The Rise of Disney

This week the Walt Disney Company expanded their brand once more by announcing their streaming service, DisneyPlus. With original content and hundreds of titles, DisneyPlus shows us just how diverse Disney’s brand has become.

Photo Credit: Disney

In 24-hours, 16 million people watched the new teaser for Star Wars: The Rise of Skywalker. Now sitting at just under 25 million views, the teaser marks the end of the Disney-led Star Wars era – at least for now. And while many were suspicious of Disney’s foray into the galaxy far far away initially, it seems as if those same people will be the ones mourning the end of an era come December 19th. The Star Wars franchise has made Walt Disney over $4.8 billion dollars – a profit from the 4.08 billion they spent purchasing Lucasfilm initially in 2012. Back then, the purchase was a surprise for many and a worry for some. There were fearful whispers of Disney’s growing monopoly over the film industry and a paranoia that all of Hollywood would soon be painted with those signature Mickey ears.

The purchase came just three years after Disney bought Marvel for $4.24 billion and six years after they acquired Pixar in a deal worth $7.2 billion. If Disney was staging the economic equivalent of Invasion of the Body Snatchers, then they were doing so with building momentum. Just last month these fears reignited when 20th Century Fox fell victim to the expanding Walt Disney conglomerate.

These days we’ve accepted – perhaps with some resignation – the various faces of the Disney corporation birthed from these deals. During the announcement of their streaming service DisneyPlus last week, it was no surprise to see such a divergent range of titles. There’s all of Marvel, The Simpsons, Deadpool, The Sound of Music, The Princess Bride and Star Wars. What we expect from Disney: the princess fantasies and talking woodland creatures coated in pixie dust, are there too, but they’re just one part of an increasing number of cinematic worlds. In fact, Disney already has a majority ownership of Hulu and ESPN; so even DisneyPlus is just one singular world amid an expanding universe of streaming.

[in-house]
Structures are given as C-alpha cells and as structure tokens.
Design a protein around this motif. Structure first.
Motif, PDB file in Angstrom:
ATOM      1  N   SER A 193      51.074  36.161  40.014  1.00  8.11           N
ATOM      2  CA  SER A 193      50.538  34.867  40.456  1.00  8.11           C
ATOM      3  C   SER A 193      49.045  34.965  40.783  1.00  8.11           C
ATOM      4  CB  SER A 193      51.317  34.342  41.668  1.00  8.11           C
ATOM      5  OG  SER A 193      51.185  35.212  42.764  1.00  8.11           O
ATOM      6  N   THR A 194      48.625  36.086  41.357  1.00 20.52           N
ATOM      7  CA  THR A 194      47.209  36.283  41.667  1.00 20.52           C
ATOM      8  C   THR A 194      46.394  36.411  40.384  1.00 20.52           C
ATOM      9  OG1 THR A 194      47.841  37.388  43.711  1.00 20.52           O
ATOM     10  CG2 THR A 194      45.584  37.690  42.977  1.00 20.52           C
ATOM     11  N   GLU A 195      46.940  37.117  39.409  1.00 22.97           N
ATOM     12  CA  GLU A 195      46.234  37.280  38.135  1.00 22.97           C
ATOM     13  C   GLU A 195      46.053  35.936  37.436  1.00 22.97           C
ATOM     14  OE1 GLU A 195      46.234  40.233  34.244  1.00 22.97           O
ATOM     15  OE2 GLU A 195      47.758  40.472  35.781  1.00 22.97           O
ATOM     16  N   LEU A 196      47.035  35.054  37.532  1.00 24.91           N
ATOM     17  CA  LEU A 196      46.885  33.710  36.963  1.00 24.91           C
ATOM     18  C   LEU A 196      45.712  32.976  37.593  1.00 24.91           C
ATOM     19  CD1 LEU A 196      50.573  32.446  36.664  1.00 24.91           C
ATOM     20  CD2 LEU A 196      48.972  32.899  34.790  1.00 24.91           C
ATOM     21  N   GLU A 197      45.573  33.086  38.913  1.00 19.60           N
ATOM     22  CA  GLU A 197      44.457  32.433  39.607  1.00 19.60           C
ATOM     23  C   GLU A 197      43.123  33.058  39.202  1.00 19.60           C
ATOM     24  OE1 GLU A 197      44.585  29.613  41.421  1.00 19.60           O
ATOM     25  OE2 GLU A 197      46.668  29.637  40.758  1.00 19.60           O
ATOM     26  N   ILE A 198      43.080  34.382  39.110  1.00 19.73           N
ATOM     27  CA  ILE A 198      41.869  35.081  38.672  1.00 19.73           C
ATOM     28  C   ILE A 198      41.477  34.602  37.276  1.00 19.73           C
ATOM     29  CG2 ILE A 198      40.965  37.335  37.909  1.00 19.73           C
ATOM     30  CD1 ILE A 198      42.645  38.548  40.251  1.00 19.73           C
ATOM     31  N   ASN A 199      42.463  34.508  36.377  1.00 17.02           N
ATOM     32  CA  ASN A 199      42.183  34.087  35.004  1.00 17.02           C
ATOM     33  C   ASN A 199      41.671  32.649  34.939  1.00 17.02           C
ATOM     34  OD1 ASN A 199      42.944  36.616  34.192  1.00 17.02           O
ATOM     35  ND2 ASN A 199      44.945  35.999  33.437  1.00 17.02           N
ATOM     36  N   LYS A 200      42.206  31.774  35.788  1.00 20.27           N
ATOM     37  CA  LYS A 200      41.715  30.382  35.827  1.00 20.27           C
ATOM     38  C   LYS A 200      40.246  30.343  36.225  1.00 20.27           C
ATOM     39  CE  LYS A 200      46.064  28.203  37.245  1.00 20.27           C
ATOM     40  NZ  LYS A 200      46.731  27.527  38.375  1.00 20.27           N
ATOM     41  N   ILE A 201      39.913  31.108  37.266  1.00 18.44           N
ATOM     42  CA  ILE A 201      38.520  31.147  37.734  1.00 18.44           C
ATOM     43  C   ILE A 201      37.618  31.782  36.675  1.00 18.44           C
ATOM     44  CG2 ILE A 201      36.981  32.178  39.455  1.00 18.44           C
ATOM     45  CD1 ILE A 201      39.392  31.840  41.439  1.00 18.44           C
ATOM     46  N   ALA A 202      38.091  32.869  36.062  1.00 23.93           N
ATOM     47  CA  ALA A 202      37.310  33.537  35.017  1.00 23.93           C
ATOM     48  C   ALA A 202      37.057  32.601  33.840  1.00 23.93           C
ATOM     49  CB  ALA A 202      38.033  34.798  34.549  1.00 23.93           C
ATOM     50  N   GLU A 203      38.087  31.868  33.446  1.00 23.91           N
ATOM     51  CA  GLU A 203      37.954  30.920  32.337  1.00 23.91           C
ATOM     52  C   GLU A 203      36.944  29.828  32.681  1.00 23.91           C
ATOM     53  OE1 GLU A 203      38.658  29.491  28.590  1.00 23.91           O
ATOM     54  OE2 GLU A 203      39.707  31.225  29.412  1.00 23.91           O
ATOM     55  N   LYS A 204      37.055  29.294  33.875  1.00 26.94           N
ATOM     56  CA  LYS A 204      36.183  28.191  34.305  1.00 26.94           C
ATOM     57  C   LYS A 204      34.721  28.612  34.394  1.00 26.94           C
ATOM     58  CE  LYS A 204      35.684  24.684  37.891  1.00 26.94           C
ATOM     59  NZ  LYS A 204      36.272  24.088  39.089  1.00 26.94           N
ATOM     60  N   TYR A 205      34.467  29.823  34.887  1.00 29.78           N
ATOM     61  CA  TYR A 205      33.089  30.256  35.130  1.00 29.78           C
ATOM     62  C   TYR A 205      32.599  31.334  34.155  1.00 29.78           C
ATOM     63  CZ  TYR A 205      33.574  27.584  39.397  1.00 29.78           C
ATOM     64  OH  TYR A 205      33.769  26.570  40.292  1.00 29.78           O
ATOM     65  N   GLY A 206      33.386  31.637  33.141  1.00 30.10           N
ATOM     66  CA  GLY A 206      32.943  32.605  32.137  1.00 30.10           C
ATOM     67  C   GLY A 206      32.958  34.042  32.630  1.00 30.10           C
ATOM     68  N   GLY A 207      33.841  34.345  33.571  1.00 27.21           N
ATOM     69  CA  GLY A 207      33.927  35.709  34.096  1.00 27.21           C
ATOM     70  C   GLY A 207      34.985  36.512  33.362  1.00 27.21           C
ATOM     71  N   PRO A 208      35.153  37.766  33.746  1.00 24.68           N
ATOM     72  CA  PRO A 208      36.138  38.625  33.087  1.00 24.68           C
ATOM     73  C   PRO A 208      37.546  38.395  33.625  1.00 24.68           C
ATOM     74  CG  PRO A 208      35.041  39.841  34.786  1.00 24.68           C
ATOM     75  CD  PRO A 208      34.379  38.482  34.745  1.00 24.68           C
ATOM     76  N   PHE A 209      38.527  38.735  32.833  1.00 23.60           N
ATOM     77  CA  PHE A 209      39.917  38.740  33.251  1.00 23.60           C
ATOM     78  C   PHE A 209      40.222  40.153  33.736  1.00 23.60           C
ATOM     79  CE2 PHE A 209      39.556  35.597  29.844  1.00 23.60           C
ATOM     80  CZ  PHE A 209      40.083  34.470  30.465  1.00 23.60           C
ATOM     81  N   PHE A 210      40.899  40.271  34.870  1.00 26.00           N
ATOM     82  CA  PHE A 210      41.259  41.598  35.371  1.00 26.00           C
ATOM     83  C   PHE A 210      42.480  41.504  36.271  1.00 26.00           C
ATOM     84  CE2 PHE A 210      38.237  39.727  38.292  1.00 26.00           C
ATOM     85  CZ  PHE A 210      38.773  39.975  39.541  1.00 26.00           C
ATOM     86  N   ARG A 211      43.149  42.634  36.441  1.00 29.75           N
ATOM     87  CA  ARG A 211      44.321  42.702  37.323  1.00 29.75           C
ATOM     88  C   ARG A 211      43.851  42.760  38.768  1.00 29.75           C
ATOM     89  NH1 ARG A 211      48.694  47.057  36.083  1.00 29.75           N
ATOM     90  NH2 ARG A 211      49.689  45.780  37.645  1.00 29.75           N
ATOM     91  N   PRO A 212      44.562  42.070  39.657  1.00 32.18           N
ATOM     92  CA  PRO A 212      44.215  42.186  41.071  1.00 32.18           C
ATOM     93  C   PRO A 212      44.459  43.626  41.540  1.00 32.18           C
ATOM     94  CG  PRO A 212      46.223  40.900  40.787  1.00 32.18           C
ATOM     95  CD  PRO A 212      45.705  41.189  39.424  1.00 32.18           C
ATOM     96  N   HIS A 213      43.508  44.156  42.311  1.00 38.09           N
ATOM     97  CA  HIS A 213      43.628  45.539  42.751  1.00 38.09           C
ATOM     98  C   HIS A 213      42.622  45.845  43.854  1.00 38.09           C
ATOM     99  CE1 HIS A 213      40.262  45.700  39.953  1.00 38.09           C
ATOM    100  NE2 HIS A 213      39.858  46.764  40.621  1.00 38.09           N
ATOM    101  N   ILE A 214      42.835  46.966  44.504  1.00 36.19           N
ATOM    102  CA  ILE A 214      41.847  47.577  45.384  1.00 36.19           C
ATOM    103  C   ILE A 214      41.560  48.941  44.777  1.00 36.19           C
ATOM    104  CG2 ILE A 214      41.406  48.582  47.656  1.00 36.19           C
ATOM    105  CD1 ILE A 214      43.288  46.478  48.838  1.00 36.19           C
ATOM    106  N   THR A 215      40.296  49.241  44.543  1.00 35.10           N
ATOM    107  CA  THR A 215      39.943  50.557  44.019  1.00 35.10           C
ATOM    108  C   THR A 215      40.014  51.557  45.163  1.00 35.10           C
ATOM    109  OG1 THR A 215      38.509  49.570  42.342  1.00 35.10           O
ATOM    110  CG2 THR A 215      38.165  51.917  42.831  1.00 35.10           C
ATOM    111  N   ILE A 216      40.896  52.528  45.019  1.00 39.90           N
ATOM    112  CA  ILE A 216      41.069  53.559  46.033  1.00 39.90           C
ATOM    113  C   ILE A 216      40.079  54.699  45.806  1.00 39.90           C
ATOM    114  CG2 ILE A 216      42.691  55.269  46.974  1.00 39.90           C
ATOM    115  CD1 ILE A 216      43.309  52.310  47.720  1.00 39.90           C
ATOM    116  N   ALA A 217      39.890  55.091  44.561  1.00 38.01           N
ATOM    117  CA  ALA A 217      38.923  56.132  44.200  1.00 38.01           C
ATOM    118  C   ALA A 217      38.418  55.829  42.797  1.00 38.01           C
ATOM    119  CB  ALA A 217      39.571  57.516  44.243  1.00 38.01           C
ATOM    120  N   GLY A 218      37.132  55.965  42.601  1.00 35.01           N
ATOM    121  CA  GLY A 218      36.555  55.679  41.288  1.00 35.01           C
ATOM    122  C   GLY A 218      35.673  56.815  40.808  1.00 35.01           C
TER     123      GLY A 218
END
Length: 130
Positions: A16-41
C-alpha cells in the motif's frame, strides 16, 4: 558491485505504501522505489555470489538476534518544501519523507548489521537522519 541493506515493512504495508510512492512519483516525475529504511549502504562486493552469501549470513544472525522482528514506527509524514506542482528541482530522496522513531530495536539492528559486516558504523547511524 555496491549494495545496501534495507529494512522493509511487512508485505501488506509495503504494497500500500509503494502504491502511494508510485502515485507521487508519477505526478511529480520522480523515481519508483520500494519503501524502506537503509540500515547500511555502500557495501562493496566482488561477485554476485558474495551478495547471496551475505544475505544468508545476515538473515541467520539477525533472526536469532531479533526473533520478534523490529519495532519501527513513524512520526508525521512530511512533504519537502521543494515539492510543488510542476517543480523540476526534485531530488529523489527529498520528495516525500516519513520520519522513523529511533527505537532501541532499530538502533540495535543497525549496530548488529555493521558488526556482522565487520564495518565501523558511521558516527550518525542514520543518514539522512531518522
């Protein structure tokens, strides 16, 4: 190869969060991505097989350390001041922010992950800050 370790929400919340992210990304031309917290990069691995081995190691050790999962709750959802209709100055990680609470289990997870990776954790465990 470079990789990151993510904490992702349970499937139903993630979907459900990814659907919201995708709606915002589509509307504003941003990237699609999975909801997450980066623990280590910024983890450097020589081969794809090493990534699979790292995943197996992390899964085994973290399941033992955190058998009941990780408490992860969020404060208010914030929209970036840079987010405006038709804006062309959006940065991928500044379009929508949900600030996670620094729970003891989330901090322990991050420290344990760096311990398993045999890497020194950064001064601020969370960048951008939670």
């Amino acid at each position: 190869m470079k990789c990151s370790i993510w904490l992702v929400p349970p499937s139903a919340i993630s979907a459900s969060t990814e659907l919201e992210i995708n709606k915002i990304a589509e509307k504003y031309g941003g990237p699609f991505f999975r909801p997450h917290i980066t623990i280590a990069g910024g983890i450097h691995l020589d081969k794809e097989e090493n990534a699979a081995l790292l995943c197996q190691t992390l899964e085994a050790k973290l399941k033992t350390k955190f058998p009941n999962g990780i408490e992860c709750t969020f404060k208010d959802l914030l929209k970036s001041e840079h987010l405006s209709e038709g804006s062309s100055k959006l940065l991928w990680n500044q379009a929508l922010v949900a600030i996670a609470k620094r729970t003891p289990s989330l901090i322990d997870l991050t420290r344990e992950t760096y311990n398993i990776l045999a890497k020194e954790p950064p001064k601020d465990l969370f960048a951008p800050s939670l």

It might be easy – and perhaps warranted – to look at the colossal state of Disney with fear; to imagine that Disney has constructed the economic equivalent of a Death Star. But amid these continuing discussions about Disney monopolising competition, or homogenising the market, the Disney brand still shimmers with gold. Basically, despite their expanding diversity, the Disney brand remains relatively unscathed and even increasingly constant.

It may have seemed an impossibility to imagine Deadpool, Star Wars and Frozen in the same vein ten years ago but Disney has successfully embraced (consumed) them without sacrificing how consumers see their brand. Storm troopers march through Disneyland beside a laughing Donald Duck, and the white towers of the Magic Castle cast an embracing shadow over them both. Despite the differing cinematic styles, characters and settings that now fall under the Disney company banner, the whimsy – and the nostalgic history – of an animated mouse wearing white gloves is too strong to shake and there’s something terrifyingly artful about that.

Plus, Disney has had corporate domination ingrained into its image since the beginning.

Are you as excited as we are for DisneyPlus? Let us know in the comments below.